It is not uncommon for a married couple to want to purchase property jointly as husband and wife. In fact, some consider it ideal. Even though they may have properties to their individual names, they may want to acquire some as a couple, maybe their matrimonial home, maybe for financial security in the event that either one passes.
For example, a husband and a wife may choose to buy a property in both their names or either one of them may buy a property in their name and their partner’s name. It is referred to as joint ownership and each person would have equal rights to the property no matter how much each party contributes.
Joint Ownership means that two or more people are the legal owners of a property. It is a form of ownership whereby two or more persons, in this instance, a husband and a wife, have equal ownership rights over a property. Rights to keep, make use of or sell the property. These rights must be exercised jointly by both parties such that either party cannot sell, gift or transact with the jointly held property without the consent of the other.
For a married couple, this also applies where they have been divorced.
There is also what is called “survivorship rights” which implies that in the event of the death of one party, in this context, one spouse, the living party or spouse acquires full rights over the property and becomes the sole owner of it.
Things to Note with Joint Ownership
Names of Both Spouse and Deed Indication
The names of both spouses should be used in the title documents and the deed should indicate that it is a joint purchase. For example, if the married couple, Mr Chidi Akpan and Mrs Dele Akpan want to purchase a property jointly, the purchase document should indicate the names as “Mr and Mrs Chidi and Dele Akpan” or “Mr Chidi Akpan and Mrs Dele Akpan” not “Mr and Mrs Akpan”. In the event of a divorce or a prior and pending marriage, the woman stands the chance of losing her property . This is because in the eyes of the law, the title, “Mrs”, is merely, so to speak, an office that can be occupied by anyone. Mrs Akpan might be Mrs Dele today and Mrs Aisha tomorrow.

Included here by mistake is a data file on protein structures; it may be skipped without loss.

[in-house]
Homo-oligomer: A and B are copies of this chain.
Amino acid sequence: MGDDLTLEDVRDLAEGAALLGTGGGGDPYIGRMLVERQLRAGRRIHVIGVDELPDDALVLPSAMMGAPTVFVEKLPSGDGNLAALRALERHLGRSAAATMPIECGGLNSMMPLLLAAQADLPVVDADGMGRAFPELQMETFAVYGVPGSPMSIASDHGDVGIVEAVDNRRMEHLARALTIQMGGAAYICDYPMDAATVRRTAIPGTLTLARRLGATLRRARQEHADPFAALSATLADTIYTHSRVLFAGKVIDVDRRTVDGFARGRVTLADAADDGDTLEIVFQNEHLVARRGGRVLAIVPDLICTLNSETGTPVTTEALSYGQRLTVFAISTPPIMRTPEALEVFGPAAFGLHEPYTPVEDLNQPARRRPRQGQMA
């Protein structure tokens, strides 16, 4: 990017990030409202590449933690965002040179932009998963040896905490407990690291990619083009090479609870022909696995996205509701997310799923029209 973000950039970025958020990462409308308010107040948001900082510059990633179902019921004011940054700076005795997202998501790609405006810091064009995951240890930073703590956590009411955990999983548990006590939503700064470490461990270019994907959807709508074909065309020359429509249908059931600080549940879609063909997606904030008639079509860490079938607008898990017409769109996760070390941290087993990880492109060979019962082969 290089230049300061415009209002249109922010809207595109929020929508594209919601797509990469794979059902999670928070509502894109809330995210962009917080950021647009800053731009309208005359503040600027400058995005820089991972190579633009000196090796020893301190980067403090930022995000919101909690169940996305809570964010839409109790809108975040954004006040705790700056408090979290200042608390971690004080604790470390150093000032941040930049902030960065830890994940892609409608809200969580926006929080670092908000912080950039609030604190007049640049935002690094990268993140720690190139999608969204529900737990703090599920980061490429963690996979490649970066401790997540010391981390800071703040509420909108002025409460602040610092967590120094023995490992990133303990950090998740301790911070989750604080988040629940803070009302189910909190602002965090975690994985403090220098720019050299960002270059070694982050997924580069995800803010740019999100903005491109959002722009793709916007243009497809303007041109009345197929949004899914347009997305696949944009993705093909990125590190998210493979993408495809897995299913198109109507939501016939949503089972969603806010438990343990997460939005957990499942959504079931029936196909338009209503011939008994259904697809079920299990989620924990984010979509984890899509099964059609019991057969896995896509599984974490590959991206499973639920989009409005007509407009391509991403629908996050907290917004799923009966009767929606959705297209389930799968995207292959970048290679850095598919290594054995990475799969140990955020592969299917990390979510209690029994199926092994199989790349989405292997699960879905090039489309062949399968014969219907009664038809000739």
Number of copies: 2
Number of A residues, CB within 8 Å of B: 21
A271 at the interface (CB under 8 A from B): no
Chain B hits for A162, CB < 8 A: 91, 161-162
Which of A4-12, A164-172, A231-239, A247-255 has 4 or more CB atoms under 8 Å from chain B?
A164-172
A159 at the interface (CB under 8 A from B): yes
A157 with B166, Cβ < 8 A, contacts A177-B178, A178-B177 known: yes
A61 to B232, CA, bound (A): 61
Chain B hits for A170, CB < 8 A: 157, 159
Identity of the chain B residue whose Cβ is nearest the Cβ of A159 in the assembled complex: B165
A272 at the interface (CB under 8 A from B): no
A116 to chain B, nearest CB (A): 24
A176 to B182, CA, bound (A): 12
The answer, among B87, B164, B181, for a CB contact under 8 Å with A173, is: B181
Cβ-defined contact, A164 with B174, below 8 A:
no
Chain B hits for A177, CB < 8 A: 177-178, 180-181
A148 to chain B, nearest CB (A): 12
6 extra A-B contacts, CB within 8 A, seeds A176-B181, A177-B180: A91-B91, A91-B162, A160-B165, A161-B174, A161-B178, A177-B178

Purchasing a Property in the Name of Your Spouse
Purchasing a property in your spouse’s name might be an act of love but it is not joint ownership. The court will presume that the intention was to gift the property to the spouse in whose name the property is. This is referred to as “Presumption of Advancement”.
Equal Rights in Joint Ownership
In a joint ownership, both parties have equal rights to the property which is jointly owned despite the weight of the contribution made by each of them. For instance, where the Husband paid 95% of the purchase amount for the property and the wife pays only 5%, both parties have equal rights. This works vice versa and the same goes where one spouse pays the entire purchase sum so far as the purchase is in the name of both spouses.
No Third-Party Claim
Where one spouse dies, another family member of his or hers cannot lay claim to a property jointly owned by the dead spouse and the living one. Upon the death of one of the spouses, the living spouse becomes the sole owner of the property.
Parties Remain Joint Owners Even in a Divorce
In the event of a divorce, both parties remain the joint owners of the property but may sell the property and split the proceeds or one party may buy the other’s share from him or her, voluntarily of course.
Where Joint Ownership is not Indicated in the Title Documents
In a situation where joint ownership of a property by a couple is not indicated in the title documents or the couple makes the mistake of writing “Mr and Mrs Akpan”, the party claiming that he or she has joint ownership of a property can succeed in such a claim if it is proved that he or she made substantial contribution to the purchase or development of the property.
This can be done by providing evidence to that effect in terms of receipts, witnesses, etc. Of course, success is dependent of a preponderance (weight) of the evidence provided by the Claimant.
Umukoro in his book titled, ‘Commercial and Property Law Journal‘ wrote that;
“… a spouse laying claim to an interest in the matrimonial property upon divorce must establish facts showing evidence of direct financial contribution to the acquisition or development of the property or agreement to that effect. This is notwithstanding that in most jurisdictions in settling matrimonial property, the courts are enjoined by statutes to apply the principle of equity and justice to the circumstances of each case, the reason being that marriage contract is different from every form of business partnership where parties are under a duty to keep records of daily business
transactions and give accounts.”
Substantial Contribution was taken by the court in Essien v. Essien (2009) 9 NWLR (Pt. 1146) 306, 311-312) to mean “direct financial contribution”. The court, in Ibeabuchi v Ibeabuchi (2016) LPELR-41268, added that contribution can be by way of moral and/or financial contribution to the business of the other party where the property is acquired with the profits of the business.
Courts are known to apply discretion in this regard in order to do what is just and equitable, however, instead of putting yourself and your financial stability at the mercy of the court, you can decide to apply the knowledge you have just received. No one wishes for a divorce, a death of a spouse or any unfortunate event that would bring about issues with joint property but life happens and if you are going to purchase a property jointly with anyone, why not do it the right way.